“I don’t have a doubt,” Wells says, when asked about the feasibility of his plan. "I don’t think anyone involved in the loan underwriting does either.”

Wells puts an ad on Craigslist advertising studio and one-bedroom apartments in the Ridpath. The ad claims units are already filling up, and says "Make a reservation now to get the layout and view that you want!!” It says Wells is planning to open the "Ridpath Club Apartment and Suites" in June of 2014


2014

February: 
In a less optimistic story, Vestal writes a column titled "Hurdles keep coming in Wells’ bid to resuscitate the Ridpath." It discusses Wells' struggle to find financing and extra costs from a burst water pipe.

"Ron Wells is becoming leery of setting deadlines at the Ridpath Hotel," it says. "Wells says he now hopes that construction work can begin in June, but he’s careful to point out that such a date would depend on things working out in a best-case fashion."  

October: The Ridpath Club Apartment and Suites are not open. The City of Spokane looks at programs to assist Ron Wells with financing. It feels like we've been talking about this [project] for forever," Councilman Jon Snyder said. "We need to get out of the way."

2015

January: In a story titled "Ridpath renovation shifts into gear," KXLY tours the Ridpath, leading with "the eyesore that became the Ridpath Hotel is finally getting some of its luster back, as construction is underway to renovate the downtown hotel and turn it into affordable downtown living space."

Wells says work on the apartment will likely kick into gear by the end of the summer.

March: The Inlander writes an article titled, perhaps ironic in retrospect, "One Last Hurdle." Wells explains to the Inlander that he's waiting on just one investor's letter of intent and then he can finally start running full speed. 

Then he could purchase the rest of the building "and my life's just wonderful again," Wells said.

"It took a very large time to find any tax credit investors willing to decide they even liked Spokane and the project," Wells said, explaining why it's taken so long to get things moving. "Fourteen of them said no before one said yes."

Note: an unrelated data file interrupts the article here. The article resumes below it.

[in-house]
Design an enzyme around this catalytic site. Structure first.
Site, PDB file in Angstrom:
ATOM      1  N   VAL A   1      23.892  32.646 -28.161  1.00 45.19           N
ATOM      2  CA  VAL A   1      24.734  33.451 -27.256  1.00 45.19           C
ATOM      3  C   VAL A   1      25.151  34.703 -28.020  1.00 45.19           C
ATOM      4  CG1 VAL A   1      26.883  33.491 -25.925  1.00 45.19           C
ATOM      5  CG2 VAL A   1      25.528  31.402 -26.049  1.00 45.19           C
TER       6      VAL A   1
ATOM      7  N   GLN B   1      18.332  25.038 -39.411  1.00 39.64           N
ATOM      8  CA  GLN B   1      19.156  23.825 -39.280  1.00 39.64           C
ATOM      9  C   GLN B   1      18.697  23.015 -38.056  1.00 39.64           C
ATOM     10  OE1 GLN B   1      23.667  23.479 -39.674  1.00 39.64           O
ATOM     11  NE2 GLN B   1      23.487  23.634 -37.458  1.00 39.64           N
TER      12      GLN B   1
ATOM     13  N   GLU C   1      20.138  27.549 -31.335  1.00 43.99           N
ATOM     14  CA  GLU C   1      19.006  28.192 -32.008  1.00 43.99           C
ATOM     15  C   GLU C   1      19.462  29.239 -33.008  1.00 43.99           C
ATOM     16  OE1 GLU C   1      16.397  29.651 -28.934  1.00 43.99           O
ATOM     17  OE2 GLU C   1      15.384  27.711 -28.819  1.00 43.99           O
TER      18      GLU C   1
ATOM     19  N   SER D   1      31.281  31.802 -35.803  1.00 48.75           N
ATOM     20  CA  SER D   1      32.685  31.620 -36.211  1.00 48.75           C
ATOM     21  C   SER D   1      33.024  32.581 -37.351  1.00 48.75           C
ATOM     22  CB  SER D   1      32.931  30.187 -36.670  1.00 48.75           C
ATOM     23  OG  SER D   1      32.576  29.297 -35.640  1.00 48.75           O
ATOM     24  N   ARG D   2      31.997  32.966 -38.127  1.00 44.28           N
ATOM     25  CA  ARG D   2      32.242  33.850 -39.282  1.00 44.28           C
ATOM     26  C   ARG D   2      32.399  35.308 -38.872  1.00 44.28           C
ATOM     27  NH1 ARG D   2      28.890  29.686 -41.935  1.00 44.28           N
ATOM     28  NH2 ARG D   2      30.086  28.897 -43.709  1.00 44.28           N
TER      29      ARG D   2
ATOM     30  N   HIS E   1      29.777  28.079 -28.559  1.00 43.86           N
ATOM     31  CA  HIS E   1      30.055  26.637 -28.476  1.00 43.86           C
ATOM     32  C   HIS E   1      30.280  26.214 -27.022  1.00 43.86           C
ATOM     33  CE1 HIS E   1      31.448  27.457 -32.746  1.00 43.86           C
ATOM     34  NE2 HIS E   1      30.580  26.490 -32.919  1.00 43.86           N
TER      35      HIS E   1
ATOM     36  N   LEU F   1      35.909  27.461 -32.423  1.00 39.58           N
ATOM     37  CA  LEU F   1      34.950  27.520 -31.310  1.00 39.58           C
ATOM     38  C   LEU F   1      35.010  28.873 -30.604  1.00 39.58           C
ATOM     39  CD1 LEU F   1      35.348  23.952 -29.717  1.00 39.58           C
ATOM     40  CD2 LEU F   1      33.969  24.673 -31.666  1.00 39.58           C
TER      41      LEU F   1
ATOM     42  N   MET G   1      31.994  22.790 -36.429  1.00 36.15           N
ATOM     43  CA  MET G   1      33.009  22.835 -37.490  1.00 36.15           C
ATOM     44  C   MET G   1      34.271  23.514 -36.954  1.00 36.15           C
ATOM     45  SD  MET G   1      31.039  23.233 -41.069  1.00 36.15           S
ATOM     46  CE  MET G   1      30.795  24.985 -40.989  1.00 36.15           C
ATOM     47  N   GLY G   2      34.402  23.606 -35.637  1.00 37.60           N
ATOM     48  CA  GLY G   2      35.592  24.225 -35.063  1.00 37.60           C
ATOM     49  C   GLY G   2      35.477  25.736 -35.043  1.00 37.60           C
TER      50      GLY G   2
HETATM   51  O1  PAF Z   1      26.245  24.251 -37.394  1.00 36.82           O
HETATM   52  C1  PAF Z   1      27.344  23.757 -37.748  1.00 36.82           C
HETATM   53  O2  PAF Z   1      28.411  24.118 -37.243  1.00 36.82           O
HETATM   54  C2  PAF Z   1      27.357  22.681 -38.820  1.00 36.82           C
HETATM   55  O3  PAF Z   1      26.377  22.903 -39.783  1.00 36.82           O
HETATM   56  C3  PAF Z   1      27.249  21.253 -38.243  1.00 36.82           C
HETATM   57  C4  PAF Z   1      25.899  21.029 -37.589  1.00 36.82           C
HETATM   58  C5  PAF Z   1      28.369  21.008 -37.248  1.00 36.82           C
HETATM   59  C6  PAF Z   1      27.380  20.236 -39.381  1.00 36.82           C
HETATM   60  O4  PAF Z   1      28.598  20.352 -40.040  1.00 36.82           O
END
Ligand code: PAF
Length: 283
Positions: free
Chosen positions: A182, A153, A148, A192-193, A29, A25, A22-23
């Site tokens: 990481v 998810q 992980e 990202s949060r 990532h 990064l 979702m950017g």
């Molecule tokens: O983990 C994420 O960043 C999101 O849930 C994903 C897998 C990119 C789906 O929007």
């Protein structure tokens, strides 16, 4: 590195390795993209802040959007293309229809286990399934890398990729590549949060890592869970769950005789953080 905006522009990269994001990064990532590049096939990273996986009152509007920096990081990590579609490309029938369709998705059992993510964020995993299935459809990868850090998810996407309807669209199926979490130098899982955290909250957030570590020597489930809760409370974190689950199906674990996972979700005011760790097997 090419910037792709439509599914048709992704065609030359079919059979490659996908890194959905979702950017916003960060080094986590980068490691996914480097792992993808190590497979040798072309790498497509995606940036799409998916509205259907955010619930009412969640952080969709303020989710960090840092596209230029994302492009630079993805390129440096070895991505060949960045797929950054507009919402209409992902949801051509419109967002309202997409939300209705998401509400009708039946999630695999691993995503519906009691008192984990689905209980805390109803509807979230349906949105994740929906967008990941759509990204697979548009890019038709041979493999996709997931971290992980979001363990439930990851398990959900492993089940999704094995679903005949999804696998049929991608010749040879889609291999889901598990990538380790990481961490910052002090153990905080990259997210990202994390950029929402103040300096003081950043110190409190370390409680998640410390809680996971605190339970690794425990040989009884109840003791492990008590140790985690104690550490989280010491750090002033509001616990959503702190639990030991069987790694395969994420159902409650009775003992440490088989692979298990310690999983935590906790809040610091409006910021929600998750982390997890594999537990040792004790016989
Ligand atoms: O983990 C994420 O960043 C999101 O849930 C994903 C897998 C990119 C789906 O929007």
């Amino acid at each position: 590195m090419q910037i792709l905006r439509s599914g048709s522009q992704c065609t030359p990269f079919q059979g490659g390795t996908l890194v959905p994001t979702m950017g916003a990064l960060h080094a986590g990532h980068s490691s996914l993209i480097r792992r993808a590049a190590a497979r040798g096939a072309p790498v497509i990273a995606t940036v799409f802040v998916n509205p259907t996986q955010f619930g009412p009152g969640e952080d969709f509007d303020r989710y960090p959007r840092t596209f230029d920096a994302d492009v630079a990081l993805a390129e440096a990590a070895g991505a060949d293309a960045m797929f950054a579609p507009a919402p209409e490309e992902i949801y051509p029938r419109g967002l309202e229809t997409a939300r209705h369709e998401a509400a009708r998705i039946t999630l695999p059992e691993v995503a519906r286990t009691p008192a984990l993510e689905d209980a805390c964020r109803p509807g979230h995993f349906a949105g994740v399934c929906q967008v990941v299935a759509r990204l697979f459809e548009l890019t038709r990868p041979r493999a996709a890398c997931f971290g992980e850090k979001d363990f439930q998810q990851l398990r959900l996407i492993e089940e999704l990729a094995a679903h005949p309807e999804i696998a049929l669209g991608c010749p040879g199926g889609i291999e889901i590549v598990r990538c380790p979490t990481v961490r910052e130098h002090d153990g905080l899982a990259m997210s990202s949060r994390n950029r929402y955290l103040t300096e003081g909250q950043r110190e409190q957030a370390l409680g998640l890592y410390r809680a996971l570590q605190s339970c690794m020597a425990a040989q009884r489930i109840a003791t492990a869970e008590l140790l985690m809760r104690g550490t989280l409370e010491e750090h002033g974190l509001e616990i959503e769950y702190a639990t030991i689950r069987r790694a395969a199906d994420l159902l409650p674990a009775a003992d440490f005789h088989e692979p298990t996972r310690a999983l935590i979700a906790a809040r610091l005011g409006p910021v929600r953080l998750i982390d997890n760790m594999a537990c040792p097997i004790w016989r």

Asked if it had been worth it, he chuckled that it probably wasn't. "No sane lender would have wanted to take this on if they'd known it would take this long," he said. 

May: Spokesman-Review columnist Doug Clark writes a column titled "Switching on neon sign may signify brighter days for Ridpath

"More than a few people advocated tearing the Ridpath down," Clark wrote. "It won’t be too long, however, before the “R” is fixed and the Ridpath lives on, although in a different lodging format."

September: Wells loses his bid for the bankrupt pieces of the Ridpath to IVAN KRIGER, a local businessman working with Antonietti as a part of Crystal City LLC.  

November:  Kriger tells the Spokesman-Review that the plan is to reopen the hotel in 10 months. But the Inlander reports that the bankruptcy filing details still haven't been finalized.

"It's delayed for a couple of days," said JOE TRENCHUK, a member of Crystal City LLC, when asked to clarify the status of the Ridpath. "Just wait for a couple of days... Everything is going ahead."

2016
January 

Three days after Antonietti assures the Inlander everything is on track with his group, Ron Wells sends out an e-mail: "The Ridpath interrupters failed with the Vegas hotel room condo owners to negotiate their 7th extension to close their attempted purchase. So — at last —we're back in the saddle!!!"

He says the "interrupters" have delayed the project by five months. 

"While we remain very optimistic that we will get this done, the actions of these interrupters have caused irreparable harm to us — as well as to the City of Spokane," he writes. 

The next step? 

"In order to proceed with our project, the sales prices for the remaining two hotel room condos that are left in question must become reasonable," Wells writes. "That is the nature of the lawsuit that we brought in Las Vegas federal bankruptcy court, which requires that I appear in Vegas for a court date on February 10."

Antonietti, however, says he's going to out-maneuver Wells, provide the money required, and take control of most of the Ridpath.  

"We should know a decision by the end of the week," Antonietti says.